Released July 2010 Based on typologies and threat assessment Strategic Surveillance Initiative Detailed questionnaire responded to by FATF members 2009 Strategic Surveillance Survey Main source for money laundering White collar crimes Drug related crimes Main source of terrorist financing Financial crimes (particularly fraud) Trafficking in narcotics, cigarettes, weapons, human beings, or diamonds Petty crimes Identifiable global trends A noteworthy proportion of ML/TF activity involves cash Increased use of internet and new payment mechanisms

24 Rise of Electronic Payments
Moving toward elimination of cash and checks Setting the stage for mobile commerce Upward Trend Cash 19% 18% 15% Check 46% 33% 13% Debit Card 7% 12% 30% Credit Card 24% 26% 28% Electronic Transfer 4% 11% 14% Where is the forward thinking? Law enforcement, regulators and compliance professionals should be forward thinking Identify/assess future trends Identify areas of vulnerability Develop methodologies to minimize exploitation 24 24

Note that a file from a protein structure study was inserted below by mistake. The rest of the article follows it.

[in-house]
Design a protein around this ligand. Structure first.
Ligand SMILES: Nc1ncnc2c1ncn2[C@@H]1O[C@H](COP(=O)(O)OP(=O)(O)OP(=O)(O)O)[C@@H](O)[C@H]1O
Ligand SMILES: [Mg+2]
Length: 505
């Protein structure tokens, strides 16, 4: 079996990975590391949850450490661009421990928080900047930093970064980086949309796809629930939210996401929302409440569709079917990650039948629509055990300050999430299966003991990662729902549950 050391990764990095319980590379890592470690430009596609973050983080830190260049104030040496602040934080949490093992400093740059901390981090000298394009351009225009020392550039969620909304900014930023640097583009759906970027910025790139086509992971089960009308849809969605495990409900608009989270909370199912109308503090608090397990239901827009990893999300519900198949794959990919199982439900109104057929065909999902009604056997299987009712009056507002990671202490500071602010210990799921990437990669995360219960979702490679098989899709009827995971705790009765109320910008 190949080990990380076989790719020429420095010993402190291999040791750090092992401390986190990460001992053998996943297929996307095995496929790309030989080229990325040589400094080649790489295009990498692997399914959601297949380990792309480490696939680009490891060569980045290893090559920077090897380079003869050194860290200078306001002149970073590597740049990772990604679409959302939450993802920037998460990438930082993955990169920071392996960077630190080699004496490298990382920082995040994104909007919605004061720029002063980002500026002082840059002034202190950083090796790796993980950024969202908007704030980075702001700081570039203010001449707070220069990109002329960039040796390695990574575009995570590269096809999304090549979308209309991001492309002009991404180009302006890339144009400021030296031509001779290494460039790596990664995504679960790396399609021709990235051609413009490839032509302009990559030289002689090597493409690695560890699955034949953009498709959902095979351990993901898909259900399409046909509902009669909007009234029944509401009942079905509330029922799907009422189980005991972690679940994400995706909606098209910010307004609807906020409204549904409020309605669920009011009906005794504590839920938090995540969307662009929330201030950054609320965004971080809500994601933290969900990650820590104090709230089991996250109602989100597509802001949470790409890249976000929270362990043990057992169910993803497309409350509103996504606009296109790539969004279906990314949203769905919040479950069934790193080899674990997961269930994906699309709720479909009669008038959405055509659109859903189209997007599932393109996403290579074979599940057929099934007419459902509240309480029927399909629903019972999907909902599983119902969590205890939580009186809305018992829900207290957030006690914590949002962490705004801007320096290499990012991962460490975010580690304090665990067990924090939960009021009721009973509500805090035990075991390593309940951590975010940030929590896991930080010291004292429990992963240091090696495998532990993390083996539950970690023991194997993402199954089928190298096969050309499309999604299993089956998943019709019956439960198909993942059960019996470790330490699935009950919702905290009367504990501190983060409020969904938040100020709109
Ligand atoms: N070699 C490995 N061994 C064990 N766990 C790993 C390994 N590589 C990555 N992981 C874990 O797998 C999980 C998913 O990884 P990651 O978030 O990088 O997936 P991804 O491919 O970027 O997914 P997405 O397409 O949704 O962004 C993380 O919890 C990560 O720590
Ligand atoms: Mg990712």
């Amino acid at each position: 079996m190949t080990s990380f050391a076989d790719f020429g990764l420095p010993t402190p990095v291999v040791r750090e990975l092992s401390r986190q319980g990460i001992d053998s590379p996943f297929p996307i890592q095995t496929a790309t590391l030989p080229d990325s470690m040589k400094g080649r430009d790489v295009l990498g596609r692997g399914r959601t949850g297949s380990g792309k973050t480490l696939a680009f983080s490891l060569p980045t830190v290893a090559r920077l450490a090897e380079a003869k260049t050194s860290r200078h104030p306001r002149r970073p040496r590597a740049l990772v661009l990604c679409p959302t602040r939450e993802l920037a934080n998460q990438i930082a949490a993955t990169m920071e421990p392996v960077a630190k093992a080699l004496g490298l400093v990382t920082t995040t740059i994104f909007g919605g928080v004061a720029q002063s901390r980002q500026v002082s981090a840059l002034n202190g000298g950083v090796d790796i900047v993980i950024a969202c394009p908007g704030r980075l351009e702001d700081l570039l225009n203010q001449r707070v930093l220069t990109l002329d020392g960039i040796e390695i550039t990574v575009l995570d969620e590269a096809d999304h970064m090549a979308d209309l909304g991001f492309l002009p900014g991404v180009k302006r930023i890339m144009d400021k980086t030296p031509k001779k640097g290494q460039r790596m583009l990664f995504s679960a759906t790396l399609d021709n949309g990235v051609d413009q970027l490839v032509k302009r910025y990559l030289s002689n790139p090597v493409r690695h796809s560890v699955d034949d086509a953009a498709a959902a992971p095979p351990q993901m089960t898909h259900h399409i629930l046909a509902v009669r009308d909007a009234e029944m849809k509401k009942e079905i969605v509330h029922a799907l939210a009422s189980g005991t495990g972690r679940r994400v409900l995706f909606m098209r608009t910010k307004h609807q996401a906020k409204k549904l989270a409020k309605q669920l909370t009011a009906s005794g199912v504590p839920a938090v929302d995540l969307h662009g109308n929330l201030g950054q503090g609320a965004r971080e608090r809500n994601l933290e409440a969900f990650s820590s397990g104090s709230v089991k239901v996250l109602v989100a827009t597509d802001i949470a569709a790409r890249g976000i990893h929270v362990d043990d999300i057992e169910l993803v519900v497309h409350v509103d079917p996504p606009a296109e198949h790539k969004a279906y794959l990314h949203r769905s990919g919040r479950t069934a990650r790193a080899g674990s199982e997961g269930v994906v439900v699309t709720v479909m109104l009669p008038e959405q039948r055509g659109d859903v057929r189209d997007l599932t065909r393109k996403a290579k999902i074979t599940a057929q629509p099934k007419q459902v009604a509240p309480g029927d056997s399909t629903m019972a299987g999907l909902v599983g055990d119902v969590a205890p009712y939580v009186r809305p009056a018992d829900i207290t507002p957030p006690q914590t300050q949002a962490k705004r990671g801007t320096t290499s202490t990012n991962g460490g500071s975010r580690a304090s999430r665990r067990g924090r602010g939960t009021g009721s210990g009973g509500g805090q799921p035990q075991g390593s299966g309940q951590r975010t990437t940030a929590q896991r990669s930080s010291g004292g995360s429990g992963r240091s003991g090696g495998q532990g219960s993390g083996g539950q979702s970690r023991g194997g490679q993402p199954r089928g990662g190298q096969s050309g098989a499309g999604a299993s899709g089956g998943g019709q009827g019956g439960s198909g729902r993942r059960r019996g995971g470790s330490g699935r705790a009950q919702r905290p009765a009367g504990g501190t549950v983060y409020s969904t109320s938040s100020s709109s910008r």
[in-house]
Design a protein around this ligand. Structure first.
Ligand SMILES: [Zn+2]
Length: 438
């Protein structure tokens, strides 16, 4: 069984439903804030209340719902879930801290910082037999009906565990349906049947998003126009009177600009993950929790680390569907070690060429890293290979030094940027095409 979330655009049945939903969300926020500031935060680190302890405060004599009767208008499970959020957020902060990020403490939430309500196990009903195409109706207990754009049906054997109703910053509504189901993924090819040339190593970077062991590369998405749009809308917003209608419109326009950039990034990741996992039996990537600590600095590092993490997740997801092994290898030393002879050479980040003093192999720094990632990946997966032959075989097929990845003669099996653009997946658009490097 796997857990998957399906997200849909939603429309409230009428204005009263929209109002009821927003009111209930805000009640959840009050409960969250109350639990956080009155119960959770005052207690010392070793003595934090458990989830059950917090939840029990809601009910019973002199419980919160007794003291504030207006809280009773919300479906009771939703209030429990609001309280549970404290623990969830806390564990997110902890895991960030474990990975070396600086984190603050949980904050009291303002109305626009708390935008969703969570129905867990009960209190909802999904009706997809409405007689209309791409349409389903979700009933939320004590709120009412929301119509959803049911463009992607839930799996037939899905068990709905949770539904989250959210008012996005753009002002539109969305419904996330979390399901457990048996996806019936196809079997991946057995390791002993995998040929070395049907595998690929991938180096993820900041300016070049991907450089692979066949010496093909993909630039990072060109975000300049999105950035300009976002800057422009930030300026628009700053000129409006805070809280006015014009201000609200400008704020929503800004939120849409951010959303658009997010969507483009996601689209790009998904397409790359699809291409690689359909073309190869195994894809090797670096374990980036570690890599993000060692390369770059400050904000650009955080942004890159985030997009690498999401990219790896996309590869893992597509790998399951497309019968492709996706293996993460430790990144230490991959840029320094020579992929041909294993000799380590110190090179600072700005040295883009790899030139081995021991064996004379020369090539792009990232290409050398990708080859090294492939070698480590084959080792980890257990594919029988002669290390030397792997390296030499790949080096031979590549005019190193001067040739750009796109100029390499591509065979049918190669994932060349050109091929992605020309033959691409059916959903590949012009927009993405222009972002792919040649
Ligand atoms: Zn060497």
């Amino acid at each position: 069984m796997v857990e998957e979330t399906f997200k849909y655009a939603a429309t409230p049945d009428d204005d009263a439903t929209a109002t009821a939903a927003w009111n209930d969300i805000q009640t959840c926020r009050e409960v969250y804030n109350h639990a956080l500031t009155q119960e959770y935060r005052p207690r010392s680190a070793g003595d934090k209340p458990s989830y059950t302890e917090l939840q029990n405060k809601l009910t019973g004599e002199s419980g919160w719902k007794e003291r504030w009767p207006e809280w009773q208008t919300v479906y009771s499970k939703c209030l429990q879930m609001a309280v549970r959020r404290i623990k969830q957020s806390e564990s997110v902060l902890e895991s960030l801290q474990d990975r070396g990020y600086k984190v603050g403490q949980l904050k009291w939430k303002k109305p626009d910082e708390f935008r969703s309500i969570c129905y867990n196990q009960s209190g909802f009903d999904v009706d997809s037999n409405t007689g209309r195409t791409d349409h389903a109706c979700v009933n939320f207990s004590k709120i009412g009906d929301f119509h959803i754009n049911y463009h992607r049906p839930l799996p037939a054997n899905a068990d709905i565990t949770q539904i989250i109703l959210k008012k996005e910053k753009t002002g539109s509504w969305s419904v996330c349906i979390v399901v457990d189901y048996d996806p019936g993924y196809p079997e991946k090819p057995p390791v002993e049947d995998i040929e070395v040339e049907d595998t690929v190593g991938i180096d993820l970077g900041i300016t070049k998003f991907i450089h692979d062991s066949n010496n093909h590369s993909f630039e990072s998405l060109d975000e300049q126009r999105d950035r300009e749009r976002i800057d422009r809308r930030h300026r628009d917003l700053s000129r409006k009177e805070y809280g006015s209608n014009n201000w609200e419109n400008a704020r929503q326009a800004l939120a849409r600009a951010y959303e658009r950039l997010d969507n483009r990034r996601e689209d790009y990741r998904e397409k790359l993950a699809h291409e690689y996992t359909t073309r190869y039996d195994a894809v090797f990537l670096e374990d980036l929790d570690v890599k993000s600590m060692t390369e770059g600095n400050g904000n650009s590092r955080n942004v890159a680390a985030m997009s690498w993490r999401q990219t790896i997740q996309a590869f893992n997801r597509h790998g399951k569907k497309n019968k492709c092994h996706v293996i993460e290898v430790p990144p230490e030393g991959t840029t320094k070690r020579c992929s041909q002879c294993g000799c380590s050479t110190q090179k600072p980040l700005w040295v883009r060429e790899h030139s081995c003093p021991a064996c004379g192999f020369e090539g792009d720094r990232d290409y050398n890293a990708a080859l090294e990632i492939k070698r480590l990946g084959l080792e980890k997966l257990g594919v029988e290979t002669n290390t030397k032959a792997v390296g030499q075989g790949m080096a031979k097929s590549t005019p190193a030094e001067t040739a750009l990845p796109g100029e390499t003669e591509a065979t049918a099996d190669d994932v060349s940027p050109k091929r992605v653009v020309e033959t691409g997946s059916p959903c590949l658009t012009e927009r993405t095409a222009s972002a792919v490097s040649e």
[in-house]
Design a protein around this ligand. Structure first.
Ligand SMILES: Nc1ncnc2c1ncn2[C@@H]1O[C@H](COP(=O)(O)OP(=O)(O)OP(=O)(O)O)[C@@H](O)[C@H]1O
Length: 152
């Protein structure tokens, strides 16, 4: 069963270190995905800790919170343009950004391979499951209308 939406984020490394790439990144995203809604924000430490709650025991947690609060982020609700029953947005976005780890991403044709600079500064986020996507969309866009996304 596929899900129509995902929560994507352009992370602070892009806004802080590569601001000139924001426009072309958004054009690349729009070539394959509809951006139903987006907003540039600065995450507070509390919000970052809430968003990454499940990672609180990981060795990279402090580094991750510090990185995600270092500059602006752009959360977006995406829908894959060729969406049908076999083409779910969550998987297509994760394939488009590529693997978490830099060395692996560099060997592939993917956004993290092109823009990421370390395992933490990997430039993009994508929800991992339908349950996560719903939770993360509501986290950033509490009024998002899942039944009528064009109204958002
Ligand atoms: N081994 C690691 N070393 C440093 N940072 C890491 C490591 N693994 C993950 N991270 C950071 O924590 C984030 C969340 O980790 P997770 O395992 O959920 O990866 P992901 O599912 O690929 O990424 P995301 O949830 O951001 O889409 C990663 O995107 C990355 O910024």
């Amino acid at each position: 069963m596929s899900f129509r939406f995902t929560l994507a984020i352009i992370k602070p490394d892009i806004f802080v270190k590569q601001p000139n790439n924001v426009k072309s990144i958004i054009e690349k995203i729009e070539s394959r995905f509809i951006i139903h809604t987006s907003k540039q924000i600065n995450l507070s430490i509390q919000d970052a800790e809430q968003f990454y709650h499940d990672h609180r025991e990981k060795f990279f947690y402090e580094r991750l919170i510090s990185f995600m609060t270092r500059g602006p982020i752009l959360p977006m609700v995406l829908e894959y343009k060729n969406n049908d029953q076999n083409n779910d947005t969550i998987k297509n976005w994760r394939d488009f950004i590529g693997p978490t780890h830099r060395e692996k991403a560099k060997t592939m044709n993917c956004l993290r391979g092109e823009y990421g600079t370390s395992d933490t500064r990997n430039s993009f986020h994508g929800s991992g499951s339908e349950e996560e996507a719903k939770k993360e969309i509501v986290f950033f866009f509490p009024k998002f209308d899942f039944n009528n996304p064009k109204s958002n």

25 New Payment Methods Services that provide virtual accounts
Stored value cards Online payment services (Paypal) Digital currency (e-Gold Ltd.) Mobile payments Online virtual world transactions

26 The Threat Anonymous Untraceable Reusable Universally accepted
Requires no intermediary Instant settlement The closer an electronic payment method comes to mimicking cash, the greater the money laundering and terrorist financing threat 26

27 Terrorist Exploitation of the Internet
Psychological warfare Propaganda Recruitment Fundraising Communications Information gathering Training 27

28 Internet / Cyberfraud Ranging from credit card fraud to money laundering Terrorists can be extremely internet savvy Imam Samudra Mastermind of Bali bombing Jailhouse manifesto “Hacking, Why Not” Ali Al Marri Al-Qaeda facilitator for post 9/11 activity in U.S. Internet expert Younes Tsouli aka Irhabi (Terrorist) 007 Used and radical websites for propaganda and communications Committed massive cyber crime and credit card fraud 28